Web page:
Where does kopi luwak in Singapore originate?
It is difficult to pinpoint where local cafes obtain their supply of kopi luwak as there are (unfortunately) many kopi luwak suppliers. The biggest source of these beans is the birth place of kopi luwak: Indonesia. This country has several major coffee-farming regions and the three biggest areas are Sumatra, Bali and Java. It is likely that most cafes in Singapore obtain kopi luwak from Sumatra, which is also the biggest producer of kopi luwak.
What is the price for kopi luwak?
A cup of kopi luwak can fetch exorbitant prices and the going rate can be about $25 or more!
To put things into perspective, $25 can buy you five cups of coffee from other specialty coffee shops that use prime quality coffee beans from different parts of the world . In most cases, the coffee certainly rivals the taste of kopi luwak (if not better and with a clearer conscience)!
Who drinks it?
Generally, coffee fans who are curious about this hyped up coffee and wonder how it tastes like. In the current specialty coffee market bloom, avid drinkers normally do not think too much about spending upwards of $5 for their favourite cup of coffee. This is the seemingly the target market for kopi luwak as it is only available at these newer cafes who market themselves as specialty coffee places.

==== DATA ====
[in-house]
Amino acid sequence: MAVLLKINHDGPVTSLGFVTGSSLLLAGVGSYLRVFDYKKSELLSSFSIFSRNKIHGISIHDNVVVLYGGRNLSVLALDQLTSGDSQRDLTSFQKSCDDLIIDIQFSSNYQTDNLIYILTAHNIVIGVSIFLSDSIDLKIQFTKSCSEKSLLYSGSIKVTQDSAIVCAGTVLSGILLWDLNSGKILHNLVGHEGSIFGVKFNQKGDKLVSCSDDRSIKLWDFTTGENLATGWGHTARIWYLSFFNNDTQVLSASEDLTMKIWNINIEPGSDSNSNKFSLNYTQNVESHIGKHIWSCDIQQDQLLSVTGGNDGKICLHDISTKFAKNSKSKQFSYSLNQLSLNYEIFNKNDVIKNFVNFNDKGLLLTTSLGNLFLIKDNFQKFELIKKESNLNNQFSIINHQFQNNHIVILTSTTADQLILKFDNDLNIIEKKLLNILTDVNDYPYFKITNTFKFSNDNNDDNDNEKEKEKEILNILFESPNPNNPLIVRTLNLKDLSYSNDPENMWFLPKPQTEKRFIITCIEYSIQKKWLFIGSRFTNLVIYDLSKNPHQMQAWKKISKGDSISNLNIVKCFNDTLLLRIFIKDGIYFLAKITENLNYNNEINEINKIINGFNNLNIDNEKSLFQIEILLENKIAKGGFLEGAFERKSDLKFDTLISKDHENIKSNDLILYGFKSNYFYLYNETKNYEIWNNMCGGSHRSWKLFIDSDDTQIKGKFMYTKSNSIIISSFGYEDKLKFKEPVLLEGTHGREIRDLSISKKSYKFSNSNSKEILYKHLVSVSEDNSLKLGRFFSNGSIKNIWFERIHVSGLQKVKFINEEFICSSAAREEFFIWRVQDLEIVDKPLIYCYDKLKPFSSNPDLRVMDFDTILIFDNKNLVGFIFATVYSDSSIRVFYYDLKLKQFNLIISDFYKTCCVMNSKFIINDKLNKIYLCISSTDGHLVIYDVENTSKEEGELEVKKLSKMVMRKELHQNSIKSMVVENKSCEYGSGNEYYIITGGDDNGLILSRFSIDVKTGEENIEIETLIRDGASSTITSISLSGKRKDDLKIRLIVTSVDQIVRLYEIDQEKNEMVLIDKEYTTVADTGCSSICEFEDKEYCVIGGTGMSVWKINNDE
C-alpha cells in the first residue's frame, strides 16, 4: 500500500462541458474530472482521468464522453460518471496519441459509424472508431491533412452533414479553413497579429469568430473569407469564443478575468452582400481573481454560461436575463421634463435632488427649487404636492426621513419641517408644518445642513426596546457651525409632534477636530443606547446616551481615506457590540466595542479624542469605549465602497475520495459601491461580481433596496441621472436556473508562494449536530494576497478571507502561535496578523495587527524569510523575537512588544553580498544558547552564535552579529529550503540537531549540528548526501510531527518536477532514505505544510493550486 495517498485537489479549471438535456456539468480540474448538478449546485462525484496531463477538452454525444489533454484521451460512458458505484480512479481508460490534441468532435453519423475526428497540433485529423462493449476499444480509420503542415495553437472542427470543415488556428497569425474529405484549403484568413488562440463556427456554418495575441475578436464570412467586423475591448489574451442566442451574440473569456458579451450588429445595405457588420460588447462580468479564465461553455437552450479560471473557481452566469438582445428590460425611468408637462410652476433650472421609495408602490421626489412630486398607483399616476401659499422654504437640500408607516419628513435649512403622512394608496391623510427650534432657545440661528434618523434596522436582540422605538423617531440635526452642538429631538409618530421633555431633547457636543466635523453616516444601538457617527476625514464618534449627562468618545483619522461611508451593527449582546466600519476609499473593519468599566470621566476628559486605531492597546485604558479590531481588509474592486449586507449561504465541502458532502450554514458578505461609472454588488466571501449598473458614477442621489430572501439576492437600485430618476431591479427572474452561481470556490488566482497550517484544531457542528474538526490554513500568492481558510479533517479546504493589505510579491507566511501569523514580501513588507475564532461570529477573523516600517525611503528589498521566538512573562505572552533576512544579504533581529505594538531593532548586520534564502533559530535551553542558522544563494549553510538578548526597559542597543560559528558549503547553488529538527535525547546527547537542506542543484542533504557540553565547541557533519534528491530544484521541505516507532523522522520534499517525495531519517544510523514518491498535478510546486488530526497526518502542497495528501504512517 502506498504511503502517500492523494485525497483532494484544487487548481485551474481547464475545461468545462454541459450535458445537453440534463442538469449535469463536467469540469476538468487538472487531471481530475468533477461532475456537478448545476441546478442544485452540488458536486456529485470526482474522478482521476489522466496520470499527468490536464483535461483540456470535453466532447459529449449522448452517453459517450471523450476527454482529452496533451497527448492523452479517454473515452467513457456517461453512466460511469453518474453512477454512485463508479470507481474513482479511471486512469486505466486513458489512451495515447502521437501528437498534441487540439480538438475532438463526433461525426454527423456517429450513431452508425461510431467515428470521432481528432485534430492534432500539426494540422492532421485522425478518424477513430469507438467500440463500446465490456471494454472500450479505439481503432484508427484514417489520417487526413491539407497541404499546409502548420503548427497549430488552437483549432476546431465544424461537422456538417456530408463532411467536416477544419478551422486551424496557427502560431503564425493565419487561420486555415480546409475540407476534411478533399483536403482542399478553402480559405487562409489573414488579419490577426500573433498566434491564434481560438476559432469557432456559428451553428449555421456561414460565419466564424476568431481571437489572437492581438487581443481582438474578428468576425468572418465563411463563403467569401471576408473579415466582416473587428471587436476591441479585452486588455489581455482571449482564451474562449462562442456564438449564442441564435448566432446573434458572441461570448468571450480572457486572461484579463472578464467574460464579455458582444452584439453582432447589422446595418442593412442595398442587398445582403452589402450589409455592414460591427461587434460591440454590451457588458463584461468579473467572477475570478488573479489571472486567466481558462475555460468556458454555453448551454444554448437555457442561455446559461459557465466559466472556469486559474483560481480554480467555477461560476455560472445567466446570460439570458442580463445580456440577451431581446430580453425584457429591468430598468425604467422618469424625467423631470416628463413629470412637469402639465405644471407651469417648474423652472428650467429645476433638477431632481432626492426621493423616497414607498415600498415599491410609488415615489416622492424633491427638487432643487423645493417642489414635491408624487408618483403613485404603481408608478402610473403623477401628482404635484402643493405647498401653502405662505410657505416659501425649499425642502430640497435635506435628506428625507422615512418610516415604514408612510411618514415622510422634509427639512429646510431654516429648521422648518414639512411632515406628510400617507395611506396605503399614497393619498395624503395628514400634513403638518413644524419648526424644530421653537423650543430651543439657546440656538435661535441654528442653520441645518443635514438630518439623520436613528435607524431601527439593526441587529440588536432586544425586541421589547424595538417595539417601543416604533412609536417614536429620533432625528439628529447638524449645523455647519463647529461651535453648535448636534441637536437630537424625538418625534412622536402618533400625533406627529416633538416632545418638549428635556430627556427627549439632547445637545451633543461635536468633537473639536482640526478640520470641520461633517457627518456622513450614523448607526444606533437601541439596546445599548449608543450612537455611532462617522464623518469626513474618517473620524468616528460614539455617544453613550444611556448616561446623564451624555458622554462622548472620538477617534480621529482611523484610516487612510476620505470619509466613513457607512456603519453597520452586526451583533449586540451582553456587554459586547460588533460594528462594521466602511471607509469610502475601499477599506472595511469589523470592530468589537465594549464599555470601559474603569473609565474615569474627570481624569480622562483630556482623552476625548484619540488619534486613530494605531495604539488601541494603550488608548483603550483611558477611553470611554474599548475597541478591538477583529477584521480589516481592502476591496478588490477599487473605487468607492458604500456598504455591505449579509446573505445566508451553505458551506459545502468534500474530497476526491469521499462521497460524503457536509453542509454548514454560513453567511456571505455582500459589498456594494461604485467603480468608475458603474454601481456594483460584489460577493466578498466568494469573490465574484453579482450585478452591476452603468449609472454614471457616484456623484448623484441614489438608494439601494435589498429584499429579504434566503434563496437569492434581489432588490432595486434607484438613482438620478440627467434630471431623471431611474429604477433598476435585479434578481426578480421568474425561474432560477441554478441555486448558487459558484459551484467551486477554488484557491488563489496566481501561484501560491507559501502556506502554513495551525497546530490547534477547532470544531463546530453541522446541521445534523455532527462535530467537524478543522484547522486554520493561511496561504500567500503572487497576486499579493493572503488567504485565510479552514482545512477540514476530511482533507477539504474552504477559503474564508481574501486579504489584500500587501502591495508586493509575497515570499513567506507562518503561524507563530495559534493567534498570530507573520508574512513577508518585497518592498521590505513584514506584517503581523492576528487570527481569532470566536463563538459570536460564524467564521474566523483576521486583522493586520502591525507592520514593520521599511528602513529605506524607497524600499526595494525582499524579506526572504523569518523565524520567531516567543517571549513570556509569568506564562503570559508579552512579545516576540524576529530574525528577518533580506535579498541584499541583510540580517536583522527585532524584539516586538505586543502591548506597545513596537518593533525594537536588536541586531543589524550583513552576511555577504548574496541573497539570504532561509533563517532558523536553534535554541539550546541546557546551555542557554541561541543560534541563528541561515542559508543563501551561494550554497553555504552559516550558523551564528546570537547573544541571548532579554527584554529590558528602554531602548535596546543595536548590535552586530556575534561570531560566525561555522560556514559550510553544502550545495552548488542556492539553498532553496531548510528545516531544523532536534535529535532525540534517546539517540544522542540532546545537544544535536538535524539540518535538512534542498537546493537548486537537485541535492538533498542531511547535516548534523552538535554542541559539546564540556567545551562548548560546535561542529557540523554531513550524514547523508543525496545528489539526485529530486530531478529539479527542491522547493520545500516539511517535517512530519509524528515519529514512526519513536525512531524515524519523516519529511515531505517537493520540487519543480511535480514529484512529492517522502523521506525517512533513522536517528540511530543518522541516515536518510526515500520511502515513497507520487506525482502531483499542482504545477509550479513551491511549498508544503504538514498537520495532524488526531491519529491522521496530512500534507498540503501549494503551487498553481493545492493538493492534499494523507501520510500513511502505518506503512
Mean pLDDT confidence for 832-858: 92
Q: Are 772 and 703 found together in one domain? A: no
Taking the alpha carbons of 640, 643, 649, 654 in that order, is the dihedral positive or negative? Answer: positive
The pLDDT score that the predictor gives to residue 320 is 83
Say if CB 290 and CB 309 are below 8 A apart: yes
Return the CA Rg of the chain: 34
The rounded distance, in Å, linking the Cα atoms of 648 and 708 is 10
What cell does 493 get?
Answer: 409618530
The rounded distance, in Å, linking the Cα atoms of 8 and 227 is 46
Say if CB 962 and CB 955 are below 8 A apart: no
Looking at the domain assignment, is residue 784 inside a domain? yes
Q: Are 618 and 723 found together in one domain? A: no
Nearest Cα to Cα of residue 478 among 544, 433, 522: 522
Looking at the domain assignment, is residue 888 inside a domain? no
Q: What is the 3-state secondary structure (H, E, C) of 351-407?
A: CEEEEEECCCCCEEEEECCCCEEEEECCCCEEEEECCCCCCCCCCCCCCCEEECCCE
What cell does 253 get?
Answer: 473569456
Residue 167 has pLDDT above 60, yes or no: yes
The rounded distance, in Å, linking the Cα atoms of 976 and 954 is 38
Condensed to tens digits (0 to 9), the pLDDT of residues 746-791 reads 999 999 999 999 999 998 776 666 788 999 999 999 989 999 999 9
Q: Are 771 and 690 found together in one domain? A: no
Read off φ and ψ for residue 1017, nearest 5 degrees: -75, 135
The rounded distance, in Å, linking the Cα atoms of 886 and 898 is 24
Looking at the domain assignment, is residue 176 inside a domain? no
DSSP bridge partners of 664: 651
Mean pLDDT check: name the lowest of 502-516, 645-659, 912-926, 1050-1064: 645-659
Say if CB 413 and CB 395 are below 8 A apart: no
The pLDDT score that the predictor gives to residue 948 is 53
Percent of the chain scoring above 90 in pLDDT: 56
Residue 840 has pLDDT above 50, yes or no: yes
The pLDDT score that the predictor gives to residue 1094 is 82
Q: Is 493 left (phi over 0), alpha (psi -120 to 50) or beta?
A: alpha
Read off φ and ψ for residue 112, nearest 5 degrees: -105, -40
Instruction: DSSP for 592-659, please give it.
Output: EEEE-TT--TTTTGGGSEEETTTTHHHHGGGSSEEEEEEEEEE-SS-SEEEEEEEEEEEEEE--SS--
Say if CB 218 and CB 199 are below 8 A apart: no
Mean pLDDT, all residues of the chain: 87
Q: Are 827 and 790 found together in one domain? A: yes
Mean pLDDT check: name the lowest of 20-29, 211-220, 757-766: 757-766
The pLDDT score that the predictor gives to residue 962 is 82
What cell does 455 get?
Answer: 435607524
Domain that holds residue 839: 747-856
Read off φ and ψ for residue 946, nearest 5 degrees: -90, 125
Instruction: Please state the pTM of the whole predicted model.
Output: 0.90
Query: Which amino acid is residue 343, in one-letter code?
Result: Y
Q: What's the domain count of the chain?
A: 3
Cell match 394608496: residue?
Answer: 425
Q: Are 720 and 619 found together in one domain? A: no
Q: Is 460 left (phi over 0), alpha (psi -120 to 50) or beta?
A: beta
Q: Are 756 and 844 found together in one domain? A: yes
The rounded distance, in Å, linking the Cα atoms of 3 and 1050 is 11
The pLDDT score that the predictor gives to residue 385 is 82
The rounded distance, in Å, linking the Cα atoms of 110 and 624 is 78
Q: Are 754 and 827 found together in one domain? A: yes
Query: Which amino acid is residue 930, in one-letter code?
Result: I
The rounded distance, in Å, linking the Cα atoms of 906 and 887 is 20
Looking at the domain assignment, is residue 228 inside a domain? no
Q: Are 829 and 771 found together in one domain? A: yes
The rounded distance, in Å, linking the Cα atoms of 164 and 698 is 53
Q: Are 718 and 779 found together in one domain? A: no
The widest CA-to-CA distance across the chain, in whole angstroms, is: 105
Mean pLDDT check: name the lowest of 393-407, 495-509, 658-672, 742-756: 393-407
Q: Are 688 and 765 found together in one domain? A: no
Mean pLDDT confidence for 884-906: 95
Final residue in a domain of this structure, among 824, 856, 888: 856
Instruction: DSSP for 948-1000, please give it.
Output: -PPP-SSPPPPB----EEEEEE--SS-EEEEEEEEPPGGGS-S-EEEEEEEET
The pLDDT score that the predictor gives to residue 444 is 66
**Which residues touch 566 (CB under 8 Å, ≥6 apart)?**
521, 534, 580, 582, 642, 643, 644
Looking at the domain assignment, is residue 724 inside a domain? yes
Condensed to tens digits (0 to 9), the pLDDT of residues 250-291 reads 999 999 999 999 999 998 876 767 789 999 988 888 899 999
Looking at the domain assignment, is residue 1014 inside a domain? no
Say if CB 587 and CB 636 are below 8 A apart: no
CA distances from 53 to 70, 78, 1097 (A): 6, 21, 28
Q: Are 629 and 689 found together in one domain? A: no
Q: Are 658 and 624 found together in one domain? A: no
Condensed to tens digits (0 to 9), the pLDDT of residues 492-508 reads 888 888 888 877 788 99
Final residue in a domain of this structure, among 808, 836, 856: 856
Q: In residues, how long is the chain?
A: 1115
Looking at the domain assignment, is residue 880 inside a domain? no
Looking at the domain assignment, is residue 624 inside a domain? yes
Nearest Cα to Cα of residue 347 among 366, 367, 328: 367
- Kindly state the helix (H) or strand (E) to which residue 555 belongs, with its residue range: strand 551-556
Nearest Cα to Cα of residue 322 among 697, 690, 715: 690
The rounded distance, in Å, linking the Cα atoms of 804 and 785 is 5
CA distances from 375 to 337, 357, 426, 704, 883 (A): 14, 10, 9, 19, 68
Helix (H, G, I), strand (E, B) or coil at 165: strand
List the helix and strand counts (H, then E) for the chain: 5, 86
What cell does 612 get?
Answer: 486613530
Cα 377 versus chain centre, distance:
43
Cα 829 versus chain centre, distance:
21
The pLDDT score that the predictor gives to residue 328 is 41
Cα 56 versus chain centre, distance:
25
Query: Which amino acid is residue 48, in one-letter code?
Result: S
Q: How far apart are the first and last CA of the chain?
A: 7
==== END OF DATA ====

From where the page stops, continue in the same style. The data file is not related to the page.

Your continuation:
Also, tourists who visit coffee plantations which sell kopi luwak (such as in Bali and Sumatra) often buy kopi luwak as souvenirs and gifts for family and friends. After all, “civet poop coffee” does make for an interesting and exotic souvenir. Unfortunately, civets end up suffering for the sake of an exotic coffee experience.
List of cafes that do not endorse kopi luwak
We are working together with local cafes on taking a stand against kopi kuwak.
Establishments that have agreed to stop selling kopi luwak
- Owl Cafe
- 10 Scotts, Grand Hyatt Singapore
Kopi Luwak in other countries
Kopi luwak is not only available in Indonesia and can be found in other Asian coffee growing countries such as India, Vietnam and Philippines as well.
Another bit of interesting yet disconcerting news is that civet cats are not the only animals being used to produce ‘special’ coffee in the world. In India, a certain species of primates, called Devon Monkeys are used which chew on coffee cherries. The spat out remains are then picked up by farmers for subsequent processing. Elsewhere, birds and even elephants are being used to produce novelty coffee products to pique the interests of curious customers.